Central banks still brush it off as just “temporary.”
By Nick Corbishley for WOLF STREET:
Producer prices of German industrial products in March rose by 0.9% from February, after having risen by 0.7% in February from January, and after having spiked by 1.4% in January from December, the biggest month-to-month jump since 2008.
Compared to March last year, producer prices jumped by 3.7%, according to the German Federal Statistics Office (Destatis), the biggest year-over-year jump since November 2011. The surge began last fall, after sharp declines earlier in the year:
Part of what caused the 3.7% increase from March last year — but not the surge over the past few months — is the “base effect“, since in February and March last year the producer price index was declining, and the latest year-over-year results are measured from those low points.
But factory prices have been rising on a month by month basis for the seventh straight months — with large increases over the past three months. And that has nothing to do with the base effect.
Prices of intermediate goods jumped by 5.7% year over year in March, the fastest since July 2011, due mainly to sharp rises in the price of secondary raw material (47%) and prepared feed for farm animals (16%). There were also increases in durable consumer goods (1.4%) and energy (8%), which in large part were driven by a sharp increase in electricity prices (9.6%).
Producer prices are now rising fast in the major manufacturing economies.
In China input costs rose 4.4% in March from a year earlier up from a 1.7% increase in February. It was the sharpest rise since July 2018. As the world’s biggest exporter, China’s rising prices stoke inflation around the world.
Inflation dynamics are mounting due to a constellation of reasons, including a global economic recovery fed by historic amounts of fiscal stimulus — unprecedented growth in government spending and borrowing — central bank money-printing, supply chain shocks, shortages and distortions, rising shipping costs, and surging demand for certain commodities and consumer goods in developed countries, particularly the US.
Surging commodity prices in China have already caused consternation among top policy makers. The Financial Stability and Development Committee recently called for efforts to stabilize prices. Authorities should “keep a close eye on commodities prices,” the committee said earlier this month.
China has long been exporting lower prices, with goods being manufactured more cheaply there than in the US and other developed markets — the much touted benefit of globalization that led to rampant offshoring in the US and Europe as Corporate America and Corporate Europe invested in China and other cheap countries, instead of at home. But that has now come to an end: Exporters of deflation have turned into exporters of inflation.
In the US, producer prices have taken off. Compared to March last year, the PPI jumped by 4.2%, the sharpest year-over-year increase since 2011. And the Consumer Price Index is starting to follow, though the Federal Reserve has promised to dismiss the jump in inflation by blaming it on the “base effect” and “temporary” factors.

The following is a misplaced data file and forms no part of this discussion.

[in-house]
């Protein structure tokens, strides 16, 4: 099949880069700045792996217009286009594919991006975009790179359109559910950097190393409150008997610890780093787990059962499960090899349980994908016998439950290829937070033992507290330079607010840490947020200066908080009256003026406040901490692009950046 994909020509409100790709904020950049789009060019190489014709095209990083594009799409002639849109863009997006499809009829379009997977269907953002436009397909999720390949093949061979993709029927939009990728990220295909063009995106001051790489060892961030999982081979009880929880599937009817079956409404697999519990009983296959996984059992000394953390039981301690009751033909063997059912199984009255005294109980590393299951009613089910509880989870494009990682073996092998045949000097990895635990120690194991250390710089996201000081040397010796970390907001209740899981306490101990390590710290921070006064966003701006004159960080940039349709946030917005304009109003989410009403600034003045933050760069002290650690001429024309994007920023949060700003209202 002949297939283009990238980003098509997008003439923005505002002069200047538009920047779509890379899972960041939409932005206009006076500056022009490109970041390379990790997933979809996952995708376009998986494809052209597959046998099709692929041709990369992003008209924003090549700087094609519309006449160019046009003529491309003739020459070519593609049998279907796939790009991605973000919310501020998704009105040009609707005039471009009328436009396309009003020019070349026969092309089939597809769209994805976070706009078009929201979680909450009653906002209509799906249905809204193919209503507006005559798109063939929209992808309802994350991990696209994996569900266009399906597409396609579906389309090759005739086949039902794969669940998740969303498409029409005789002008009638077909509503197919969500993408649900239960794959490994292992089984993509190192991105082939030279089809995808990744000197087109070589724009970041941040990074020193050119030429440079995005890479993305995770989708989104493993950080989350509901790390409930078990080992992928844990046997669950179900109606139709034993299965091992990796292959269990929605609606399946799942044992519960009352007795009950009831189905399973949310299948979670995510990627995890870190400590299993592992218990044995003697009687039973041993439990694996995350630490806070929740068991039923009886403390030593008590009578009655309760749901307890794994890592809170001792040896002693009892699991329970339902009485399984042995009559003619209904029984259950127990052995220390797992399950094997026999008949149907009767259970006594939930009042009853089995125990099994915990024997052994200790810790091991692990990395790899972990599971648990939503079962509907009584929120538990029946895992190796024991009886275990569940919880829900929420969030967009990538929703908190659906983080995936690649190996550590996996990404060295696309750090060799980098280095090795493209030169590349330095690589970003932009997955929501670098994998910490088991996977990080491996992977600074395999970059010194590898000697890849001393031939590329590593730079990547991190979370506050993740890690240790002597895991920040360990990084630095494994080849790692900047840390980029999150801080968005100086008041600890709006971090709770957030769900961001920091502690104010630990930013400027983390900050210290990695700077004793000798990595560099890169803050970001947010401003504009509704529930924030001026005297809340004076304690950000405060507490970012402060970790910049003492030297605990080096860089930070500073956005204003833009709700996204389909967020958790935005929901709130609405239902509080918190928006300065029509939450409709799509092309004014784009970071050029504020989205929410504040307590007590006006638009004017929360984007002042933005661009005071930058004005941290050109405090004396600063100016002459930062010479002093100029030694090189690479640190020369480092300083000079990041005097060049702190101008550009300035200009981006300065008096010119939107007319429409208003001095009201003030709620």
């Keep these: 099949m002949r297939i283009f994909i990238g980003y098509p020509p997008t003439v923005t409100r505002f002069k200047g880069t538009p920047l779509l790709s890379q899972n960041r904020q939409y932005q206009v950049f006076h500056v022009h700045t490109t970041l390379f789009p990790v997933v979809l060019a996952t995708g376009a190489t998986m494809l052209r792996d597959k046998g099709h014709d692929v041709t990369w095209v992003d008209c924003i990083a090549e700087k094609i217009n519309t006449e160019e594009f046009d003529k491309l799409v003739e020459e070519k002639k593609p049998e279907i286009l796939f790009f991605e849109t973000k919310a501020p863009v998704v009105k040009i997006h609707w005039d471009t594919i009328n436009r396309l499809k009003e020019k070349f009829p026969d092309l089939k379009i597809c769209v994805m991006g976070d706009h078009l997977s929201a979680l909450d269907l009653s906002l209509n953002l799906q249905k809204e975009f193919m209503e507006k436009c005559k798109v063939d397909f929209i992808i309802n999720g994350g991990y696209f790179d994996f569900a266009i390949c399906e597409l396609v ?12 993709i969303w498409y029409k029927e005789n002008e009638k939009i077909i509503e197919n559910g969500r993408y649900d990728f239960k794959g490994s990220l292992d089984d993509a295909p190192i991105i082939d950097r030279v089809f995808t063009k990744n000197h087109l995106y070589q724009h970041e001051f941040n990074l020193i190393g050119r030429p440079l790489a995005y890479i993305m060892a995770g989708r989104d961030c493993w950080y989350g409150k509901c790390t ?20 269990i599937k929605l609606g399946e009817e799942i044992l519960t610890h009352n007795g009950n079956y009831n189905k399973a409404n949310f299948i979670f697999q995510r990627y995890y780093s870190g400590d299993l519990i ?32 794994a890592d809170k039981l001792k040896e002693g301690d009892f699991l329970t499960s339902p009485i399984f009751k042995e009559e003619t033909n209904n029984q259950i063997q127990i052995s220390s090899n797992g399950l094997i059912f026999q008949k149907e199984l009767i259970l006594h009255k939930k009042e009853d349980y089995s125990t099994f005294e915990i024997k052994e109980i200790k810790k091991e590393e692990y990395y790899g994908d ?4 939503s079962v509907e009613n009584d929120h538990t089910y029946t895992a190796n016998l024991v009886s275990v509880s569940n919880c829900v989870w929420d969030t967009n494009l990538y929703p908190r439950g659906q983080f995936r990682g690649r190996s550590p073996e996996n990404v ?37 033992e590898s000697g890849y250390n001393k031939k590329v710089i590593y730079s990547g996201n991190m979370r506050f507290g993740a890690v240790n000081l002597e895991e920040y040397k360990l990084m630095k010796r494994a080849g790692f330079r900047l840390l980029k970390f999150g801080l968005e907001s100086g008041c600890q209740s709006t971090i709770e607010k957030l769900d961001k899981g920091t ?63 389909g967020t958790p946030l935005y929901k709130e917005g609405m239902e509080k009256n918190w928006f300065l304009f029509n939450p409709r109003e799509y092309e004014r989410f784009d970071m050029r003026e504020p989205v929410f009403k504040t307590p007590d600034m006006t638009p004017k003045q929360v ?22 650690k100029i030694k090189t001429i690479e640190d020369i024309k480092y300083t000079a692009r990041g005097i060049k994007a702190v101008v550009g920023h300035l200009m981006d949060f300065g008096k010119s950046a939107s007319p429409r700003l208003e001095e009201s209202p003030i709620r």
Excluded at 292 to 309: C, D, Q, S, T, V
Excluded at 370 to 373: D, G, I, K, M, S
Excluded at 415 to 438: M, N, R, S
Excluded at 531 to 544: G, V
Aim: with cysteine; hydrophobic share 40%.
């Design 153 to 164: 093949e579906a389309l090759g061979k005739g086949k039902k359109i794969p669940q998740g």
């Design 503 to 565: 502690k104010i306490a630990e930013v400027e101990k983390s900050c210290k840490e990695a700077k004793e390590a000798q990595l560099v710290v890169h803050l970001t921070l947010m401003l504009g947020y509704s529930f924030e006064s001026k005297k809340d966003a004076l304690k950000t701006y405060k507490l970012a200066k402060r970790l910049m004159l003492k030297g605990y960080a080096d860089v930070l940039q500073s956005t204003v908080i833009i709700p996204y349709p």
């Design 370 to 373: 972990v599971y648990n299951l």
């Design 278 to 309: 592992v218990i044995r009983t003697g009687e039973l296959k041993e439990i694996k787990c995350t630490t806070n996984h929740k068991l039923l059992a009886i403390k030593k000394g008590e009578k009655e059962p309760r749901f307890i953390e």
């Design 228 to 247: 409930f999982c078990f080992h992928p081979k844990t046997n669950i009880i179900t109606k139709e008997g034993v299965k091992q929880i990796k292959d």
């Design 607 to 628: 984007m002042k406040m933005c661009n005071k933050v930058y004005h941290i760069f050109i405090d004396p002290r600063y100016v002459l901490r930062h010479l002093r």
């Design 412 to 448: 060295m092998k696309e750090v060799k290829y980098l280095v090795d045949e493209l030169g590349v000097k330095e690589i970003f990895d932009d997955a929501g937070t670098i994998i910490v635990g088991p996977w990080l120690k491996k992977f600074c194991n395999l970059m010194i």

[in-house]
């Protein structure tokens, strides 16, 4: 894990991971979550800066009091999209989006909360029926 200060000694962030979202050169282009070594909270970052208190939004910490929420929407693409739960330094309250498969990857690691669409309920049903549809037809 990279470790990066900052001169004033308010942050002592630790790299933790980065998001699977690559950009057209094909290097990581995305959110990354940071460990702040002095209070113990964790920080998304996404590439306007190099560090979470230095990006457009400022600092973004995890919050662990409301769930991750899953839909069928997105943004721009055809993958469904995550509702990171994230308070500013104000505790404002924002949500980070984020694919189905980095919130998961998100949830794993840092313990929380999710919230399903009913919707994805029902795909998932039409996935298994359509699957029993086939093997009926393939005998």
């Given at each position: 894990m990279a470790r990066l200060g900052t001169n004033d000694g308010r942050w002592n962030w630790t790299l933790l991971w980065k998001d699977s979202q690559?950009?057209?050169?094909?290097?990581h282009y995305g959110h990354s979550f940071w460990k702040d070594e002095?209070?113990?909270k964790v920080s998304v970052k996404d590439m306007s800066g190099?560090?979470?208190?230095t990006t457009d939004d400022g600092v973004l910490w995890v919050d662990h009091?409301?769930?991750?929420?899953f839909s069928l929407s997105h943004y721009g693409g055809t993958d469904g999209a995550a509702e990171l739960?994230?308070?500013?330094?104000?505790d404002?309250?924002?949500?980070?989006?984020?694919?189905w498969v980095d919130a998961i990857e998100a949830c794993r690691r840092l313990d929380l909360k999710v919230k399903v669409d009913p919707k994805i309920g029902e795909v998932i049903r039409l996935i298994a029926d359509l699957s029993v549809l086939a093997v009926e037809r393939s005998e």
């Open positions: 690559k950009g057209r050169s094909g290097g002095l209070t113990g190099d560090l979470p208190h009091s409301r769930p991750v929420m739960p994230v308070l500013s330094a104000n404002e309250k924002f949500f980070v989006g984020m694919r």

In Germany, a variety of factors, including looser-than-ever ECB monetary policy and the termination at the end of last year of reduced valued added tax rates, have suddenly pushed the consumer price index up by 1.7%. Inflation is also surging in neighboring countries, reaching 1.9% in the Netherlands and 2% in Austria. But in the more depressed economies of Southern Europe, inflation is lower, at 0.5% in Portugal and 0.8% in Italy.
Concerns are rising that inflation could once again be rearing its ugly head. In Germany, inflation is now expected to reach 3% to 4% later this year, including by Bundesbank President Jens Weidmann who, in an interview in February, already predicted that inflation would be above 3% by the end of the year.
“One thing is clear: the inflation rate will not remain as low as last year permanently,” he noted, adding that the ECB will only be able to make monetary policy adjustments once inflation rates jump. And he exhorted the ECB to act when consumer price inflation takes off: “There must not be a lack of determination, even if the financing costs for highly indebted countries rise.”
But the ECB is focused on keeping the Eurozone glued together, with an eye toward the southern member states. And with three of its four largest economies — France, Italy and Spain — shouldering public debt loads of 115%, 120%, and 156% respectively, even a small rise in the ECB’s benchmark interest rate, which has been negative for years, could prove too much for them.
At least in the short term, the ECB will continue with its easy-money policy. On Thursday, ECB president Christine Lagarde reiterated that increased inflation this year would not prompt the ECB to tighten policy, that any increase would be seen as the result of “idiosyncratic and temporary factors,” and that underlying inflationary pressures “remain subdued.”
But the surging producer prices in exporter nations, such as Germany and China, and even in the US is beginning to translate into a widespread surge of consumer price inflation. In some countries, this has already taken off on a large scale, including in Brazil, Mexico, and (as always) Argentina, Turkey, and Russia. And those jumpy inflation rates have led to shock-and-awe rate hikes in some of those countries. By Nick Corbishley, for WOLF STREET.
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